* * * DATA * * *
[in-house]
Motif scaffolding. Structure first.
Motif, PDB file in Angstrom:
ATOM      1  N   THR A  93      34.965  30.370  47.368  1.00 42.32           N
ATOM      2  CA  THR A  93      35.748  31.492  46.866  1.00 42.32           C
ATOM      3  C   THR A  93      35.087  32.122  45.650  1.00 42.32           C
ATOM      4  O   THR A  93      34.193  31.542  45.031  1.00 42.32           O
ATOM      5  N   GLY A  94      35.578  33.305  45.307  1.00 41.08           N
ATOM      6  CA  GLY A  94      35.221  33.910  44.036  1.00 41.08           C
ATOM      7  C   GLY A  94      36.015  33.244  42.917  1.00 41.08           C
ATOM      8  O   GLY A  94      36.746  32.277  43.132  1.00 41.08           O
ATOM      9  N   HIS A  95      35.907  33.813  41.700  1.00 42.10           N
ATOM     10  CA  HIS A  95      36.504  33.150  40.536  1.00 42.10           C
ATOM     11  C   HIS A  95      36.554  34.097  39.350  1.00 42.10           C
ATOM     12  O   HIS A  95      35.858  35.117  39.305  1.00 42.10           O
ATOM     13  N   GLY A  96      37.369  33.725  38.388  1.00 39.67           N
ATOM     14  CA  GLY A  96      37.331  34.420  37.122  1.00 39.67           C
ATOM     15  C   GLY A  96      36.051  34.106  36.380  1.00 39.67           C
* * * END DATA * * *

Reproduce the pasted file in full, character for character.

[in-house]
Motif scaffolding. Structure first.
Motif, PDB file in Angstrom:
ATOM      1  N   THR A  93      34.965  30.370  47.368  1.00 42.32           N
ATOM      2  CA  THR A  93      35.748  31.492  46.866  1.00 42.32           C
ATOM      3  C   THR A  93      35.087  32.122  45.650  1.00 42.32           C
ATOM      4  O   THR A  93      34.193  31.542  45.031  1.00 42.32           O
ATOM      5  N   GLY A  94      35.578  33.305  45.307  1.00 41.08           N
ATOM      6  CA  GLY A  94      35.221  33.910  44.036  1.00 41.08           C
ATOM      7  C   GLY A  94      36.015  33.244  42.917  1.00 41.08           C
ATOM      8  O   GLY A  94      36.746  32.277  43.132  1.00 41.08           O
ATOM      9  N   HIS A  95      35.907  33.813  41.700  1.00 42.10           N
ATOM     10  CA  HIS A  95      36.504  33.150  40.536  1.00 42.10           C
ATOM     11  C   HIS A  95      36.554  34.097  39.350  1.00 42.10           C
ATOM     12  O   HIS A  95      35.858  35.117  39.305  1.00 42.10           O
ATOM     13  N   GLY A  96      37.369  33.725  38.388  1.00 39.67           N
ATOM     14  CA  GLY A  96      37.331  34.420  37.122  1.00 39.67           C
ATOM     15  C   GLY A  96      36.051  34.106  36.380  1.00 39.67           C